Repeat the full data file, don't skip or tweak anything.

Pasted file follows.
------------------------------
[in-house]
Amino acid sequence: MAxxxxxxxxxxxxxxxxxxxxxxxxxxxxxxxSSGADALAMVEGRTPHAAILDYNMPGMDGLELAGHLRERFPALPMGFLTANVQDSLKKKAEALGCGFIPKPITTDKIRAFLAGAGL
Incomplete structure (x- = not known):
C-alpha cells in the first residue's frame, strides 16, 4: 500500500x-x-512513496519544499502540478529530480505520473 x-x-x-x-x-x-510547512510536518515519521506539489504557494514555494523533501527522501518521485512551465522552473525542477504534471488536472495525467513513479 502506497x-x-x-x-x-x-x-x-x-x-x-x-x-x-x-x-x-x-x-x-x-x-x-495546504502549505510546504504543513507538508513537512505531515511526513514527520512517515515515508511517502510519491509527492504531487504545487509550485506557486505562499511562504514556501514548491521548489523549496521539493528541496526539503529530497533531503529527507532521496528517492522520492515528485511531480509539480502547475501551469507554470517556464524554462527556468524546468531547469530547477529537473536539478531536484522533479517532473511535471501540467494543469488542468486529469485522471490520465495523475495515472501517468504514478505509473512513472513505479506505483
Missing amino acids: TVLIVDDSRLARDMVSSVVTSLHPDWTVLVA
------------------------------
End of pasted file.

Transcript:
[in-house]
Amino acid sequence: MAxxxxxxxxxxxxxxxxxxxxxxxxxxxxxxxSSGADALAMVEGRTPHAAILDYNMPGMDGLELAGHLRERFPALPMGFLTANVQDSLKKKAEALGCGFIPKPITTDKIRAFLAGAGL
Incomplete structure (x- = not known):
C-alpha cells in the first residue's frame, strides 16, 4: 500500500x-x-512513496519544499502540478529530480505520473 x-x-x-x-x-x-510547512510536518515519521506539489504557494514555494523533501527522501518521485512551465522552473525542477504534471488536472495525467513513479 502506497x-x-x-x-x-x-x-x-x-x-x-x-x-x-x-x-x-x-x-x-x-x-x-495546504502549505510546504504543513507538508513537512505531515511526513514527520512517515515515508511517502510519491509527492504531487504545487509550485506557486505562499511562504514556501514548491521548489523549496521539493528541496526539503529530497533531503529527507532521496528517492522520492515528485511531480509539480502547475501551469507554470517556464524554462527556468524546468531547469530547477529537473536539478531536484522533479517532473511535471501540467494543469488542468486529469485522471490520465495523475495515472501517468504514478505509473512513472513505479506505483
Missing amino acids: TVLIVDDSRLARDMVSSVVTSLHPDWTVLVA